That brings us to the House. Democrats need a net gain of 30 seats to take it back, which has looked all but impossible until now. And it's still extremely difficult. But could it happen? It's hard to tell from our vantage point today. We don't know what kind of general election candidate Donald Trump would make, but the key to the outcome in the House could be how his candidacy affects turnout. If the #NeverTrump movement doesn't lose steam and lots of prominent Republicans distance themselves from their party's nominee, it could mean Republican voters staying home in large numbers, which would make it possible for Democrats to win back the seats they need to take control.

If Democrats take back both bodies, a Democratic president could actually have the chance to govern, including through passing legislation—imagine that. But even if Democrats took only the Senate, it would make a huge difference.

Back in 2013, Democrats then controlling the Senate got so frustrated with Republican obstructionism that they changed the body's rules on confirmation of executive branch appointments and those of judges serving on lower courts, allowing those nominations to be confirmed with a simple majority vote and disallowing filibusters. The rule change didn't apply to legislation or to Supreme Court nominees, and senators are still allowed to do talking filibusters, where they hold the floor for as long as they can (so Ted Cruz will still have something to do when he returns to the Senate next year).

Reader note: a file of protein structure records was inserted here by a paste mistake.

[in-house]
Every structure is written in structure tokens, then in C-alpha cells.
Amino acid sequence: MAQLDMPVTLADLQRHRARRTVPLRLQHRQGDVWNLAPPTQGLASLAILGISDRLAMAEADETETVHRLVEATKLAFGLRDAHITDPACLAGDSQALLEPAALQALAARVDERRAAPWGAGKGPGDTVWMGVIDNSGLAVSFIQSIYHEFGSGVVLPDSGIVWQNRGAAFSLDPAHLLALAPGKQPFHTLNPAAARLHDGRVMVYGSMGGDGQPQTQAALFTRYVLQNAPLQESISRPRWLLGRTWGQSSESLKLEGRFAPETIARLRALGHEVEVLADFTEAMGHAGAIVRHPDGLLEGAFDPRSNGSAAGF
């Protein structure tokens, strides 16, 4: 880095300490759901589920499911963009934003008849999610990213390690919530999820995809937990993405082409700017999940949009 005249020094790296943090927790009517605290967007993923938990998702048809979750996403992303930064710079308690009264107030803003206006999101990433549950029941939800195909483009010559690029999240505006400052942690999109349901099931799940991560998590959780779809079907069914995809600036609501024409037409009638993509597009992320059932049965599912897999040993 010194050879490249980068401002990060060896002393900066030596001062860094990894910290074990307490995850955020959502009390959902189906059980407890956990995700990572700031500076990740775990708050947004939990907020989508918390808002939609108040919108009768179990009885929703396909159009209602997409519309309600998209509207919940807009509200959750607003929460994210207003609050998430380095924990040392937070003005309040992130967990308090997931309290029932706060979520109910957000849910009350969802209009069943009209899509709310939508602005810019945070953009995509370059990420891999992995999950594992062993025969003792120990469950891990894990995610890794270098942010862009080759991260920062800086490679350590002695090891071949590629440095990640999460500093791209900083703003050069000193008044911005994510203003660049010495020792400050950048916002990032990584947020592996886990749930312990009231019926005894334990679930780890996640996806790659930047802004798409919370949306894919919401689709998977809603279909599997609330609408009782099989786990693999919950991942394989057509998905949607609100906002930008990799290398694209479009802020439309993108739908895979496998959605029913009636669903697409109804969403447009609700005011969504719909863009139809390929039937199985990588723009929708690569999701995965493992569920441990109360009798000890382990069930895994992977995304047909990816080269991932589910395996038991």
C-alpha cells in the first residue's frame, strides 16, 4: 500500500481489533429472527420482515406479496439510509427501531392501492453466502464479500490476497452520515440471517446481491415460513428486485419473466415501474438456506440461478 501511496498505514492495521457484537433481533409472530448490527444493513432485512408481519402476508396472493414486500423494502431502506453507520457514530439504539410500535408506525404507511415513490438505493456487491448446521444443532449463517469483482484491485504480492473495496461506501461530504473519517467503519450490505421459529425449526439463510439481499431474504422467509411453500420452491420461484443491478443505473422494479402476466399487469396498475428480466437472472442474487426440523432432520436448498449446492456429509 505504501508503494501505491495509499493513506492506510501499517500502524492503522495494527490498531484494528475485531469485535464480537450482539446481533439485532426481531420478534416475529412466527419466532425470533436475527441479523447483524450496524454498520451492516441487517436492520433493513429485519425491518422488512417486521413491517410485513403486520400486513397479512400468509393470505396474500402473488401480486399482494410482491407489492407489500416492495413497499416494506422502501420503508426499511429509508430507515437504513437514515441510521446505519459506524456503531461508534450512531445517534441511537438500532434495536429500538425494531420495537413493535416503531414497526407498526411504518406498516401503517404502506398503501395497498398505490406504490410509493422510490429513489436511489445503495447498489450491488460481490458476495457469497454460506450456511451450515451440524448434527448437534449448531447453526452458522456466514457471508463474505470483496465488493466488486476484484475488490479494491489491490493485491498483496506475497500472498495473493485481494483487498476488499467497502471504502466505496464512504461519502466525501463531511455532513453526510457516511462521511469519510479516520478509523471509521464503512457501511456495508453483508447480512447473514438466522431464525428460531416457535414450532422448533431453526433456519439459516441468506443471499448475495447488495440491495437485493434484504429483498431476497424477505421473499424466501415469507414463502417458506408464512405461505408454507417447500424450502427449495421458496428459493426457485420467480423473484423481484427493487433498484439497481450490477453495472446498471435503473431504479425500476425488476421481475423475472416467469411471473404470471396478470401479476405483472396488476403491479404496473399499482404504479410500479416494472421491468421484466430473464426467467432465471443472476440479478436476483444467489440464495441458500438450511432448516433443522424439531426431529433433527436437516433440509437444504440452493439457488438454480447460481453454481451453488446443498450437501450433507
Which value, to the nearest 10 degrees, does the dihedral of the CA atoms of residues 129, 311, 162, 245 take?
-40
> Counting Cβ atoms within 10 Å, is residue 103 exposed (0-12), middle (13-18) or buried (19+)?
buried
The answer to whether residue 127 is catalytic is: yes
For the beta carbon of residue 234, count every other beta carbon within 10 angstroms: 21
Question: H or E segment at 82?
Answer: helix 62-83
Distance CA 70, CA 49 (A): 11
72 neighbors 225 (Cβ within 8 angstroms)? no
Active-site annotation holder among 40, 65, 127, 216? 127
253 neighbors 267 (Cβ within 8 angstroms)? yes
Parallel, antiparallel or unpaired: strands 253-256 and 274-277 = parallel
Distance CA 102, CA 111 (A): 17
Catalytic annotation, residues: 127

So a President Clinton could continue to transform the federal courts simply by virtue of filling openings as they come up. There's a bottleneck right now as Republicans refuse to confirm more of Obama's judicial nominees, but if that were broken, after 12 or even 16 years of Democratic appointments, the lower courts would be firmly in liberal hands.

And what about the Supreme Court? Not only is there the matter of Scalia's seat to deal with, but it's almost certain that more seats will become vacant in the next president's first term. On Inauguration Day, Ruth Bader Ginsburg will be 83, Anthony Kennedy will be 80, and Stephen Breyer will be 78. If and when Republicans decide to filibuster any Democratic nominee, you can bet that Senate Democrats will make another rule change to disallow filibusters of Supreme Court nominees. Republicans will decry it as a terrible power grab, but it will be exactly what they earned with their obstructionism.

This all may not sound like a recipe for an era of excellence in government. It will be terribly partisan, and if Republicans hold on to the House, it will mean almost no meaningful legislation outside of continuing resolutions funding the government to avoid shutdowns. But between the executive and judicial branches, you can accomplish quite a bit. Hillary Clinton would certainly hope for more, but it's what she may have to settle for. And it could be a lot worse.